‘It’s good to talk’ – council leader told

Gary Barlow at the piano during last weekend's Switch-On show on the Tower Festival Headland. Below: Council leader Simon Blackburn and Peter Taylor.
Gary Barlow at the piano during last weekend's Switch-On show on the Tower Festival Headland. Below: Council leader Simon Blackburn and Peter Taylor.
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Business leaders and politicians have urged the head of Blackpool Council to accept the ‘help’ being offered by the organiser of Lytham Proms for next year’s Lights Switch-On.

As revealed in yesterday’s Gazette, council leader Simon Blackburn and Lytham Proms’ boss Peter Taylor became embroiled in a heated e-mail exchange when Coun Blackburn refused to meet Mr Taylor, who wants to stage next year’s Switch-On.

Council leader Simon Blackburn

Council leader Simon Blackburn

Coun Blackburn was angered because Mr Taylor labelled this year’s show, which left council organisers with losses of more than £372,000, “a shambles”.

But the leader of the council’s opposition group has urged Coun Blackburn to stop burying his “head in the sand” and accept the offer.

Coun Tony Williams said: “Coun Blackburn is in no position to refuse anyone who wants to help repair some of the damage that was caused by this year’s Illumination’s Switch-On.

“I haven’t met Mr Taylor personally but I understand Lytham Proms has been a success for many years.

Peter Taylor

Peter Taylor

“Coun Blackburn should be looking everywhere possible to make sure the next Switch-On returns to its former glory instead of the debacle we had this year.

“I certainly wouldn’t bury my head in the sand hoping this would go away.”

A total of 4,824 people attended last Friday’s Switch-On, which saw Take That frontman Gary Barlow perform and TV’s Jonathan Ross turn on the Illuminations.

Around 10,000 attended the two-day event in total.

But Coun Blackburn told The Gazette: “Coun Williams doesn’t think – he just talks.

“I am refusing Peter Taylor’s ‘help’ for the reasons I have previously set out.”

Meanwhile, Mick Burbage, owner of Bispham-based Burbage Holiday Group, which operates apartments in Blackpool, called for more businesses to work on the Switch-On with the council.

He said: “We really do need some business people on the Marketing Blackpool board.

“The idea of charging was right but the pricing policy was wrong.

“ It should’ve been tiered pricing so people could’ve stood at the back for a cheaper ticket.”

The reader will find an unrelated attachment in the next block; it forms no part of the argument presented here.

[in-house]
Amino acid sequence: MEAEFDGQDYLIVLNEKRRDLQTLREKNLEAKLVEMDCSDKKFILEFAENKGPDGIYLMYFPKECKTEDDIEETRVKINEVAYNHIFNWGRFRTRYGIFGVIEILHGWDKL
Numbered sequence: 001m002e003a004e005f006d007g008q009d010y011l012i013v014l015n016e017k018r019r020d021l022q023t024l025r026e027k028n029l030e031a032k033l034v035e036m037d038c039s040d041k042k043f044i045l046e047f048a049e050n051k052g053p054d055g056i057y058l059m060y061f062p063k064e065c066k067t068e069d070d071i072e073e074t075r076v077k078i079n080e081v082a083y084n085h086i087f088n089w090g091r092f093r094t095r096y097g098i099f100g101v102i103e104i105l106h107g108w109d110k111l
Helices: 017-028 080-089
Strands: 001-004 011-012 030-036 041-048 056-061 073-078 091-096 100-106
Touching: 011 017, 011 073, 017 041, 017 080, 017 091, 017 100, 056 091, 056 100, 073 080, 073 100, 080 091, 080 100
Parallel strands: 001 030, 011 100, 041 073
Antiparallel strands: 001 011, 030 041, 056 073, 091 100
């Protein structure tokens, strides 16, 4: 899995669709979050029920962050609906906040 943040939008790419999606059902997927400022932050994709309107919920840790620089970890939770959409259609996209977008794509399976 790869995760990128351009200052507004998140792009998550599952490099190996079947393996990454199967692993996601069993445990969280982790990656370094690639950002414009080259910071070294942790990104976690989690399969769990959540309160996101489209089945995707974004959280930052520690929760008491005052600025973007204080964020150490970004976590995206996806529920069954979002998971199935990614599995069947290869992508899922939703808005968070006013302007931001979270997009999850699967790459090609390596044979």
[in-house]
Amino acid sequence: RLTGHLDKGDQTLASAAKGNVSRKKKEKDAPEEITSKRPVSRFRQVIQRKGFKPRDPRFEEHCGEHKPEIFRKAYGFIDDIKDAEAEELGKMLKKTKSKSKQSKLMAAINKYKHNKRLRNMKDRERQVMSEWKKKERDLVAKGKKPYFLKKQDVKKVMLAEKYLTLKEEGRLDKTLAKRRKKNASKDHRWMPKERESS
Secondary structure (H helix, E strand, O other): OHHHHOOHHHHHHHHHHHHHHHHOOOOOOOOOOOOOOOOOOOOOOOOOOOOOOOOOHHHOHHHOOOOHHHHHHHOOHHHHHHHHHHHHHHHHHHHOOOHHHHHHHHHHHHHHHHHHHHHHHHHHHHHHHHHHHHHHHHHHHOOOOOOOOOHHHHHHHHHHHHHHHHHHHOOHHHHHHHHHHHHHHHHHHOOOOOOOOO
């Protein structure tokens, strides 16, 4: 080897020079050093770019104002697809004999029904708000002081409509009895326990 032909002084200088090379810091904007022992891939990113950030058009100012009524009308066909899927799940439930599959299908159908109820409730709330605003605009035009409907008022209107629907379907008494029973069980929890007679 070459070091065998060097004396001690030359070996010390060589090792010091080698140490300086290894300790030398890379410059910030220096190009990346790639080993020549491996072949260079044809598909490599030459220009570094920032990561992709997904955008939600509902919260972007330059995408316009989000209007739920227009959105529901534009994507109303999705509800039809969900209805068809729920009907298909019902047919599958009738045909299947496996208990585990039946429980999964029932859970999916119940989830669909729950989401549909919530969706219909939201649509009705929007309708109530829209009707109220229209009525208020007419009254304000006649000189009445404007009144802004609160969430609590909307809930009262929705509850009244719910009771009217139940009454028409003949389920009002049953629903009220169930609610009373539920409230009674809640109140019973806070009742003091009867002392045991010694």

Despite the shows themselves winning much praise for the quality of acts and the staging, the low crowds and financial loss has sparked anger.

Organisers Marketing Blackpool were hit by the last minute cancellation of Irish headliners The Script.

Gary Barlow stepped in to save the day. He played in return for a donation to Children In Need.

Marketing Blackpool and the council will now meet to discuss options for next year.

Music giant MTV has already expressed an interest in being involved.

Martin Heywood, director of Viva Blackpool, on the Promenade, said: “The council does need help and (Proms organisers) Cuffe & Taylor do get the numbers in and do well with their event.

“Coun Blackburn needs to hold his hands up and look at what hasn’t gone right and bring in a partner that can provide events.”

However, Robin Ross, a Fylde coast businessman and artist, says people should let the council and Marketing Blackpool get on with the job of organising next year’s Switch-On.

He said: “What people need to do is stop spitting their dummies out.

“We have 12 months to look at this and I imagine there are a lot of talks going on and we should be supporting them.

“It’s all right saying someone should come in but there’s a cost involved with that as well.”

No resignation from council tourism chief

Under-fire tourism boss Coun Graham Cain is being backed by Blackpool Council despite calls for his resignation.

Demands were made after he claimed, in The Gazette, 20,000 people attended the Switch-On weekend – double the actual attendance figure.

But Coun Simon Blackburn said: “Coun Cain is one of the hardest-working and most effective members of the council, who enjoys my full confidence, and that of the Labour group. He is in no way responsible for any of the decisions taken by the company in relation to this event.

“Circumstances do not exist in which I would even consider, never mind accept his resignation.

“Marketing Blackpool will have to stand these losses, and council services will not be impacted.”

Town hall boss: Apology ‘is not appropriate’

The leader of Blackpool Council said his authority had nothing to apologise for.

The Gazette’s website has been inundated with readers who have demanded the council – and its tourism arm Marketing Blackpool – admit they got the Switch-On wrong due to the £34 price of tickets.

A total of 10,015 people turned up to the two-day event to see Gary Barlow and Jonathan Ross last Friday night and Madness the following day.

The event cost £775,000 to stage, but only made an income of £402,891 – meaning a loss of £372, 109.

But Coun Blackburn told The Gazette he would not be apologising.

He said: “I am not a director of Marketing Blackpool, and as such it would not be appropriate, logical or fitting for me to apologise.”

Meanwhile, rumours on internet forums have suggested members of the Marketing Blackpool board quit after Switch-On.

Marketing Blackpool MD Natalie Wyatt, town hall boss Alan Cavill and the Pleasure Beach’s Amanda Thompson are among those replaced by Coun Christian Cox, Crown Leisure’s Craig Hemmings and former Mayor of Blackpool Coun Allan Matthews.

The new secretary is Mark Towers.

The Gazette understands these scheduled changes of personnel were completed on August 14 – two weeks before Switch-On.

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